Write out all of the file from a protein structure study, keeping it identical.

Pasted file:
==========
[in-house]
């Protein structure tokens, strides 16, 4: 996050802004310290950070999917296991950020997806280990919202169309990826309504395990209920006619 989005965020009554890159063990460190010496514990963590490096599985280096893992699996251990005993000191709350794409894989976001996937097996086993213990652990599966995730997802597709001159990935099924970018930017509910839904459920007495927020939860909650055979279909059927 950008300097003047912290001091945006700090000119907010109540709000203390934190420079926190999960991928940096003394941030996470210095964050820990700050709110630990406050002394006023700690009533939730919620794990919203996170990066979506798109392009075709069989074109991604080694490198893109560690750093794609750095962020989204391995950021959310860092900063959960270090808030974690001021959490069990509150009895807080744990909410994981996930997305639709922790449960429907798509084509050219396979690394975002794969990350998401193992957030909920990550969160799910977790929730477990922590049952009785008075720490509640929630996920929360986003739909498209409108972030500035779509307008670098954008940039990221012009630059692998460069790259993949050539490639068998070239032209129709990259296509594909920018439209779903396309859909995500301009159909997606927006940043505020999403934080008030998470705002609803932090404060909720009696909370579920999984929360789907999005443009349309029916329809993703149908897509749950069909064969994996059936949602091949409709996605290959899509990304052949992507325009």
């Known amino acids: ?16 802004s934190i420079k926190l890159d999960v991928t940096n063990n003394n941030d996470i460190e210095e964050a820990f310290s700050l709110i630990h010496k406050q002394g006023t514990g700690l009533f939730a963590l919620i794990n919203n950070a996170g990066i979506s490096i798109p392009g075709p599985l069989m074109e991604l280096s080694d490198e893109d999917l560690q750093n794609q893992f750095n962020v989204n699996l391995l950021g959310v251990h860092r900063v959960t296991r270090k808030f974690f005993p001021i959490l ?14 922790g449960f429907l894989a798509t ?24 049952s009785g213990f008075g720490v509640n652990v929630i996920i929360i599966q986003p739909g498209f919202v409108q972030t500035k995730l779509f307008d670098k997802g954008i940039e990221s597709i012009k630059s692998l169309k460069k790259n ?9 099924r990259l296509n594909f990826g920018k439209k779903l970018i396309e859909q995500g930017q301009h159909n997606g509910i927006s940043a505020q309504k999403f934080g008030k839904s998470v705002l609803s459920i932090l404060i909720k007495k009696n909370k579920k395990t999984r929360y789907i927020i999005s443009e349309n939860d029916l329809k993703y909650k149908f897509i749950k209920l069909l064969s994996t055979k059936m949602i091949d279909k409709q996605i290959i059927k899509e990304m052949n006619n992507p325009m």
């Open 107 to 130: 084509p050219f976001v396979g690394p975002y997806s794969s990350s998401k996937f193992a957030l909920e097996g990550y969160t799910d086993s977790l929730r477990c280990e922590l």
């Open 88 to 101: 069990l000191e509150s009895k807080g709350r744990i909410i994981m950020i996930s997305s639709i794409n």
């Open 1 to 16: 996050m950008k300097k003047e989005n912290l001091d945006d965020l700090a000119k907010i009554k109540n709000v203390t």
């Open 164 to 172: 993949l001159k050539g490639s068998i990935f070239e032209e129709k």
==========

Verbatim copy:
[in-house]
């Protein structure tokens, strides 16, 4: 996050802004310290950070999917296991950020997806280990919202169309990826309504395990209920006619 989005965020009554890159063990460190010496514990963590490096599985280096893992699996251990005993000191709350794409894989976001996937097996086993213990652990599966995730997802597709001159990935099924970018930017509910839904459920007495927020939860909650055979279909059927 950008300097003047912290001091945006700090000119907010109540709000203390934190420079926190999960991928940096003394941030996470210095964050820990700050709110630990406050002394006023700690009533939730919620794990919203996170990066979506798109392009075709069989074109991604080694490198893109560690750093794609750095962020989204391995950021959310860092900063959960270090808030974690001021959490069990509150009895807080744990909410994981996930997305639709922790449960429907798509084509050219396979690394975002794969990350998401193992957030909920990550969160799910977790929730477990922590049952009785008075720490509640929630996920929360986003739909498209409108972030500035779509307008670098954008940039990221012009630059692998460069790259993949050539490639068998070239032209129709990259296509594909920018439209779903396309859909995500301009159909997606927006940043505020999403934080008030998470705002609803932090404060909720009696909370579920999984929360789907999005443009349309029916329809993703149908897509749950069909064969994996059936949602091949409709996605290959899509990304052949992507325009």
């Known amino acids: ?16 802004s934190i420079k926190l890159d999960v991928t940096n063990n003394n941030d996470i460190e210095e964050a820990f310290s700050l709110i630990h010496k406050q002394g006023t514990g700690l009533f939730a963590l919620i794990n919203n950070a996170g990066i979506s490096i798109p392009g075709p599985l069989m074109e991604l280096s080694d490198e893109d999917l560690q750093n794609q893992f750095n962020v989204n699996l391995l950021g959310v251990h860092r900063v959960t296991r270090k808030f974690f005993p001021i959490l ?14 922790g449960f429907l894989a798509t ?24 049952s009785g213990f008075g720490v509640n652990v929630i996920i929360i599966q986003p739909g498209f919202v409108q972030t500035k995730l779509f307008d670098k997802g954008i940039e990221s597709i012009k630059s692998l169309k460069k790259n ?9 099924r990259l296509n594909f990826g920018k439209k779903l970018i396309e859909q995500g930017q301009h159909n997606g509910i927006s940043a505020q309504k999403f934080g008030k839904s998470v705002l609803s459920i932090l404060i909720k007495k009696n909370k579920k395990t999984r929360y789907i927020i999005s443009e349309n939860d029916l329809k993703y909650k149908f897509i749950k209920l069909l064969s994996t055979k059936m949602i091949d279909k409709q996605i290959i059927k899509e990304m052949n006619n992507p325009m």
């Open 107 to 130: 084509p050219f976001v396979g690394p975002y997806s794969s990350s998401k996937f193992a957030l909920e097996g990550y969160t799910d086993s977790l929730r477990c280990e922590l």
């Open 88 to 101: 069990l000191e509150s009895k807080g709350r744990i909410i994981m950020i996930s997305s639709i794409n």
């Open 1 to 16: 996050m950008k300097k003047e989005n912290l001091d945006d965020l700090a000119k907010i009554k109540n709000v203390t």
């Open 164 to 172: 993949l001159k050539g490639s068998i990935f070239e032209e129709k």